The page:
Pleurobranchaea meckeli (de Blainville, 1825)
Pleurobranchaea meckeli by Enric MadrenasTaxonomy
Class: Gastropoda Cuvier, 1797
Subclass: Heterobranchia J.E. Gray, 1840
Clade: Euthyneura Spengel, 1881
Clade: Nudipleura Wägele & Willan, 2000
Subclade: Pleurobranchomorpha Schmekel, 1985
Superfamily: Pleurobranchoidea J.E. Gray, 1827
Family: Pleurobranchaeidae Pilsbry, 1896
Genus: Pleurobranchaea Meckel in Leue, 1813
Species: Pleurobranchaea meckeli (de Blainville 1825) [Pleurobranchidium]
- Pleurobranchaea chiajei Locard, 1886
- Pleurobranchaea dellechiaii Vérany, 1846
- Pleurobranchaea notmec Ev. Marcus & Gosliner, 1984
- Pleurobranchaea vayssierei Ev. Marcus & Gosliner, 1984
- Pleurobranchidium meckeli Blainville, 1825 (original)
The body is high, quite curved, of variable color (ranging from light gray to dark gray, going through all shades of brown and yellow) and reaches a length of about 10 cm, with a mantle that protects the vital organs and is rounded in its rear part, whereas in its front side it forms a big frontal veil that is delimited laterally by two conical tentacles rolled on themselves. The anterior edge of the mantle has sensory digitations. Unlike the other pleurobrancomorphs, this species lacks an inner shell. On both sides of the head are the two rhinophores of cylinder-conical form, rolled on themselves, somewhat similar to the tentacles on the corners of the cephalic veil. The eyes, almost invisible to a diver because they are placed at the level of the abdominal cavity, can be seen by transparency on the rhinophores. The gill is clearly visible on the right side of the body, as it almost protrudes from the edge of the mantle cavity. The gill is bipinnate, coloured beige, and takes approximately one-third of the total length of the animal. The foot, somewhat lighter in color than the body, protrudes from the sides and back of the mantle, where it has a vertical tappered tissue projection. The sole of the foot is smooth. Between the foot and the mantle there is a dark groove with a large number of small lumps or irregular tubercles lighter in color, almost white on the foot, capable of emitting a whitish acidic substance for defensive purposes. In the anterior part of the foot, hidden beneath the frontal veil, there is a short and wide protractile tube, the buccal organ (proboscid), which is evaginable.
This species uses its sensory papillae, located around the mouth and facial veil to detect its food. It appears to feed on anthozoans (including sea plumes) and hydrozoans, since large numbers of cnidocysts have been found in the stomach of the studied specimens. Cattaneo-Vietti et al. (1993) suggest that it can feed on other living invertebrates, such as the sponge (Thenea muricata), wandering polychaete, amphipods (Caprella sp.) as well as other opisthobranchs (Tethys fimbria, Philine aperta, Facelina sp.). The same study also indicates that small cephalopods (both complete and parts of the body: teeth, traces of eyes …) were found in the digestive system of the examined specimens, along with fish scales and spines. He probably captures both live and dead animals and, under certain conditions (aquarium), it is known to feed on other specimens of its own species (Pruvot-Fol, 1954). It is considered a ravenous opportunist predator. Reproduction takes place in autumn. The spawn is a fairly wide ribbon, fixed to the substrate, and arranged in tight undulations, with white eggs. It is not uncommon for the animal to carry some sand on the body as it moves, as it helps to camouflage itself. Robert Dollfus (in Pruvot-Fol, 1954) indicates that the body of this species may be parasitized by the copepod Anthessius pleurobrancheae Delle Valle, 1880.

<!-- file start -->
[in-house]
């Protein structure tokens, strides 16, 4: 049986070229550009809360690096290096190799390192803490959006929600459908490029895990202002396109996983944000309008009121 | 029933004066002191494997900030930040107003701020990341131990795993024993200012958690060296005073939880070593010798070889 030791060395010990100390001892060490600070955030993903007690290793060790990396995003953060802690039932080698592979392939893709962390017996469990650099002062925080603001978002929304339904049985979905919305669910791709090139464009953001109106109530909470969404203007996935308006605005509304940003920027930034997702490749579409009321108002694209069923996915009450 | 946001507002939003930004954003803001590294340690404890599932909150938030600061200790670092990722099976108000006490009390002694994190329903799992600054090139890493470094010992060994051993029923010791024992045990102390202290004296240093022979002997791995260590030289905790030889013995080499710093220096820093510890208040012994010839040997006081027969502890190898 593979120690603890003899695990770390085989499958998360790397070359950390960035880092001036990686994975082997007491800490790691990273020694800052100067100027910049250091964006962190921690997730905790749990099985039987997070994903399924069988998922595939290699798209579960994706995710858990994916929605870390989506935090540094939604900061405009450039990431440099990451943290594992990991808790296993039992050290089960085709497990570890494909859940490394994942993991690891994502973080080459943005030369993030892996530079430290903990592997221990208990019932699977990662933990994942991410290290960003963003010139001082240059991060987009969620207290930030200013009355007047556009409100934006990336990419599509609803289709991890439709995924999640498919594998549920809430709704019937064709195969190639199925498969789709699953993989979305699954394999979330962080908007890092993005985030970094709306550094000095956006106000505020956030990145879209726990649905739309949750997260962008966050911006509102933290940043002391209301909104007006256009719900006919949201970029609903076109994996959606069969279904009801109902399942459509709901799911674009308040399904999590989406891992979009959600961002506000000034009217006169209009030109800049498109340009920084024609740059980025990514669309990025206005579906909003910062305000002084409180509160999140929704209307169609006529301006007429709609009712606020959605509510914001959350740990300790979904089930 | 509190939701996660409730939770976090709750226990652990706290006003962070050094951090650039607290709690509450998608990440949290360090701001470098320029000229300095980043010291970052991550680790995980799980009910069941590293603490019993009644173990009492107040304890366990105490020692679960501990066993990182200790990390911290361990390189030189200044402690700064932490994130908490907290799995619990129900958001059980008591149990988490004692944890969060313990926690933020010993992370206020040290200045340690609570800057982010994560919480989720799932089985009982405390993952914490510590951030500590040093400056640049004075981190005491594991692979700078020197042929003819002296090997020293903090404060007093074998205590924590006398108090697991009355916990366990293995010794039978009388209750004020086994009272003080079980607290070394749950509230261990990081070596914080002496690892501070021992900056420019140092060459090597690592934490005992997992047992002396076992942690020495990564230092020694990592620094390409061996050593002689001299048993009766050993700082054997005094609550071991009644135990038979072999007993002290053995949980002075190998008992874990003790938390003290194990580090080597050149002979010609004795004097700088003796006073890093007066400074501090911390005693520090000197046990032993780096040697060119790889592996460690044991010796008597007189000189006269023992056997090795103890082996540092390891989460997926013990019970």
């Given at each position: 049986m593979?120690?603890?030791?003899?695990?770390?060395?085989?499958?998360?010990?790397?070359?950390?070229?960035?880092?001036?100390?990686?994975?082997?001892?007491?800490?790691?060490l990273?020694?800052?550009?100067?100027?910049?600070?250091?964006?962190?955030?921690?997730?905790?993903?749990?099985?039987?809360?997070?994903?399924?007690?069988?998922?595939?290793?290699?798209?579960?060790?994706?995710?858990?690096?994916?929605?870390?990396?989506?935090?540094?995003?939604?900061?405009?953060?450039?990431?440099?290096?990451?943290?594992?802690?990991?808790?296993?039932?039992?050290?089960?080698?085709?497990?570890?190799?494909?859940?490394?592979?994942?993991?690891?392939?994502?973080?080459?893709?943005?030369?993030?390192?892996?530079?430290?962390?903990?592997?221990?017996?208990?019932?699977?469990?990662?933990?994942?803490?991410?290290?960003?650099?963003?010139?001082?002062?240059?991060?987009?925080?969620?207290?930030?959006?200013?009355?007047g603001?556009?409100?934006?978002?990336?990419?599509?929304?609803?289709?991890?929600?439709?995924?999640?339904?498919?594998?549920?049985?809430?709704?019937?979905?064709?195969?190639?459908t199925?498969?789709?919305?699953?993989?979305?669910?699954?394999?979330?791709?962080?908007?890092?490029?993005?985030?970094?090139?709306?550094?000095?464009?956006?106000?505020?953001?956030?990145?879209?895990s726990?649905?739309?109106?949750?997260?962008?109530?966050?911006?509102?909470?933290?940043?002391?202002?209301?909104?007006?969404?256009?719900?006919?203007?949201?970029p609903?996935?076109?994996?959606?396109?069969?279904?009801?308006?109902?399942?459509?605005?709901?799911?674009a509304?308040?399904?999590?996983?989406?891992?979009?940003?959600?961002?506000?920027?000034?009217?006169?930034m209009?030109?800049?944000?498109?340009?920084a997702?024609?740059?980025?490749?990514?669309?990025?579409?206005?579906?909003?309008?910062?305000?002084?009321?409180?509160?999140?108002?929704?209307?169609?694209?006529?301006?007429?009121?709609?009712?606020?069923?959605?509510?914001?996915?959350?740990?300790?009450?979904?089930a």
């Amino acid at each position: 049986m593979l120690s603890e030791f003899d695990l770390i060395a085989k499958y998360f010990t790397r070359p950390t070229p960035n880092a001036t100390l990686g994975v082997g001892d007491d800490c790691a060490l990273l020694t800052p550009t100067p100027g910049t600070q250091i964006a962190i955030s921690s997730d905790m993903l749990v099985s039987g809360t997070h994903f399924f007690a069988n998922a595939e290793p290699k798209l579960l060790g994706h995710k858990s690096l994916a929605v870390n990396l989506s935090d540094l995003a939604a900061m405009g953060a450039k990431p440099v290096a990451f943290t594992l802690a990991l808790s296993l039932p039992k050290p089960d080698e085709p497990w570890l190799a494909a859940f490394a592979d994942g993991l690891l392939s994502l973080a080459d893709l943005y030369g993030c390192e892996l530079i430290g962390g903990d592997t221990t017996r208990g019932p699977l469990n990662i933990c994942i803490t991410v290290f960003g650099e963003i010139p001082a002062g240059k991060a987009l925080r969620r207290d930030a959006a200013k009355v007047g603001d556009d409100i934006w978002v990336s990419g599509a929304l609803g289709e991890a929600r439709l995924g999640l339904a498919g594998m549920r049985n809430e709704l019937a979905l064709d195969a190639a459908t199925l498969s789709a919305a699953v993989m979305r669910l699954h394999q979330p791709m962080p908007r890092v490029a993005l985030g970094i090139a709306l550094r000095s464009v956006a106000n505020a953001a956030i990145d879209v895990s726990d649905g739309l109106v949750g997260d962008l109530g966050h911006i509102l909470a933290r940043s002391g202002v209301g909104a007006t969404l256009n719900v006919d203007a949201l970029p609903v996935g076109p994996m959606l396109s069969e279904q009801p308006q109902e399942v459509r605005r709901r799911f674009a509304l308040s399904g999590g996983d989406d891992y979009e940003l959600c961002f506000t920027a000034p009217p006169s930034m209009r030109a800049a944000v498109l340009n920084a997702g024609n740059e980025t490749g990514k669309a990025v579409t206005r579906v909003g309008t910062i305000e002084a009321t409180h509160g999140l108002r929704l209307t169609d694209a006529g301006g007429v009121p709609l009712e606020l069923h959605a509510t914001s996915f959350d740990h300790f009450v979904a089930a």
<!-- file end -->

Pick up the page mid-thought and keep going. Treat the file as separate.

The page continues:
- Pleurobranchaea. From greek “pleura”, to the side of + “bragchia”, gill. Side gill.
- Meckeli. Dedicated to Dr. Johann Friedrich Meckel, (1781-1833), from Halle, Germany, who worked with Cuvier in Paris. He was known for his wide knowledge of general animal anatomy, but he worked mainly on vertebrates.
It is found throughout the Mediterranean, both in the western basin (Spain, France, Italy, …) and in the eastern basin (Turkey, Croatia, …). It has been reported in the Red Sea (Parenzan, 1961 in Barash & Danin, 1971). In the eastern Atlantic is present between the Northern coast of Spain (Avila, 1993) and the Gulf of Guinea (Marcus & Gosliner, 1984), including the Canary Islands (Odhner, 1931), Cape Verde (Vayssière, 1902), Madeira (Wirtz , unpublished data) and Azores (Bergh, 1899). On the Iberian coasts it has been cited in Cantabria (Avila, 1993), Portugal (Nordsieck, 1972), Western Andalusia (Cervera & García Gómez, 1988) and Eastern Andalusia (Luque, 1983), Murcia (Templado et al. 1983), the Balearic islands (Vayssière, 1885) and Catalonia (Ros, 1975). In the Catalan coasts it has been reported in the soft bottoms and detrital substrates of the Barcelona coast (Ballesteros, unpublished data), in Blanes (Ros, 1975) and L’Escala (Weitzmann, 2017, pers. comm.).
|: OBIS||: OPK|
|: GROC 2010-2011||: VIMAR|
|: Enric Madrenas||: Manuel Ballesteros.|
|: João Pedro Silva||: M@re Nostrum|
|: Bernard Picton||: Other sources|
|: GBIF.ORG||: Marine Regions|
This chart displays the observation probability for Pleurobranchaea meckeli
based on our own records.
Pleurobranchaea meckeli @ Sipieres (L’Escala, Spain) 7-07-2017 by Boris Weitzmann
Bibliography based on the works by Steve Long, 2006. Bibliography of Opisthobranchia 1554-2000 and Gary McDonald, 2009. Bibliographia Nudibranchia, with later updates from other resources.